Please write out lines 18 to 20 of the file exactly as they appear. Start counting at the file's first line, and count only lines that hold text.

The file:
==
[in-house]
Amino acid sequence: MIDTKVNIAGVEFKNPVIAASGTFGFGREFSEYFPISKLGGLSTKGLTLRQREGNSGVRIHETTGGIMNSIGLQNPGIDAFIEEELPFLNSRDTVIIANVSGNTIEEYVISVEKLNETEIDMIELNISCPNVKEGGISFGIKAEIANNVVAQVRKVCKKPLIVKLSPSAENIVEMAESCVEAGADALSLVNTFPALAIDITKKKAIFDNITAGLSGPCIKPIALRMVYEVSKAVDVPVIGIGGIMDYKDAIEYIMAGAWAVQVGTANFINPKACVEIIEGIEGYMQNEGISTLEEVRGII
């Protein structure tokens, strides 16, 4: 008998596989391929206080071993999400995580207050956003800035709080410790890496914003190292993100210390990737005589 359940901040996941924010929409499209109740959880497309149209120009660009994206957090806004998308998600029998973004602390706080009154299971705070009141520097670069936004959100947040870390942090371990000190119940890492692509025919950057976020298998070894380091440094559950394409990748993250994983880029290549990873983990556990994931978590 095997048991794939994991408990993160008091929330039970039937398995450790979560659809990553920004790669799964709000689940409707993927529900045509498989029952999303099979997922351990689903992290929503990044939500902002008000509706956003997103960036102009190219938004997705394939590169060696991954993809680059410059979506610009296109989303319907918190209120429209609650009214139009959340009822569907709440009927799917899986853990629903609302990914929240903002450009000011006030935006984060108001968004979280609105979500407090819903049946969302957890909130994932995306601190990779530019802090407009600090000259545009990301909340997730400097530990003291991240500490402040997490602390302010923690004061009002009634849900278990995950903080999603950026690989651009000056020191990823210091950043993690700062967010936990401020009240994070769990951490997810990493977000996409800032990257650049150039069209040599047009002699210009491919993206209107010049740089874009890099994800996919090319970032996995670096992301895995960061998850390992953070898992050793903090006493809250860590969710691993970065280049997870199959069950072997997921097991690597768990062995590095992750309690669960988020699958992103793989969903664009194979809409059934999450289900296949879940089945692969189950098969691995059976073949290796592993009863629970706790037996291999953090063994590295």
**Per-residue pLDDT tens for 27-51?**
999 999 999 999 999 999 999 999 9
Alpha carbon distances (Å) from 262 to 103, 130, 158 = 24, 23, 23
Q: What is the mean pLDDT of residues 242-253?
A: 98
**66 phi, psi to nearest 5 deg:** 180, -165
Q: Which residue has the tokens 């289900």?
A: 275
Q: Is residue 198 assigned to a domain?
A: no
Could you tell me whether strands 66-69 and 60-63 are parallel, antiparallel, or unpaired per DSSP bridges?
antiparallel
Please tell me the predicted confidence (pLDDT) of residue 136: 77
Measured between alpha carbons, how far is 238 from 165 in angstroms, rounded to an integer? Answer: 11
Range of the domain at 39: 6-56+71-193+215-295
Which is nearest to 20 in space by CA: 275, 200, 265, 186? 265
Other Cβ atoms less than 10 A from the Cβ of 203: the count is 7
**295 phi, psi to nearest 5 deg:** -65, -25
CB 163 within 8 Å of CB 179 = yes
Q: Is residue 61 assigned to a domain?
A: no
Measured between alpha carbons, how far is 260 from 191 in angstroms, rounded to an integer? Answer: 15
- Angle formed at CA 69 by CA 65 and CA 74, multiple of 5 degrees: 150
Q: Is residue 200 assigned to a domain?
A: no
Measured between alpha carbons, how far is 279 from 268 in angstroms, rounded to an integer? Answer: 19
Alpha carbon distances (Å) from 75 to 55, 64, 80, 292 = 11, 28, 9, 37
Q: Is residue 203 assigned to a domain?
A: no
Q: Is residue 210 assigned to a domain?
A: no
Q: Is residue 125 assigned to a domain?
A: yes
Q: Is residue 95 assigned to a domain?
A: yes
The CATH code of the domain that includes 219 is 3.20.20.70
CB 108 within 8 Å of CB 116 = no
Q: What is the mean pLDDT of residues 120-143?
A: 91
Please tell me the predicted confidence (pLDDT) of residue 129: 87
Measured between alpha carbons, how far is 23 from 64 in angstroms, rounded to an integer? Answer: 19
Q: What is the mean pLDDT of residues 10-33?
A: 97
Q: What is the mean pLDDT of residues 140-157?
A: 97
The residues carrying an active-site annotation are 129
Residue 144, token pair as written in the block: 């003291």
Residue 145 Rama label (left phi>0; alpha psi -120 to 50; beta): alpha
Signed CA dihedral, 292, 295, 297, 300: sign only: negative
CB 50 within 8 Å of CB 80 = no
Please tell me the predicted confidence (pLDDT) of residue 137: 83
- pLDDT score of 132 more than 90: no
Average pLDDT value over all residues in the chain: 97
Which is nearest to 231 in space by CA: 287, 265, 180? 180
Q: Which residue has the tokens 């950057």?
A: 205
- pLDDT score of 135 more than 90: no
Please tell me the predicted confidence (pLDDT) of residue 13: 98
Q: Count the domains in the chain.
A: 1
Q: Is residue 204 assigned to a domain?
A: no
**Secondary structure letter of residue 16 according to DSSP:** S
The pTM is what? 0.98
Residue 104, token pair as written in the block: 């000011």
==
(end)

Range of the domain at 39: 6-56+71-193+215-295
Which is nearest to 20 in space by CA: 275, 200, 265, 186? 265
Other Cβ atoms less than 10 A from the Cβ of 203: the count is 7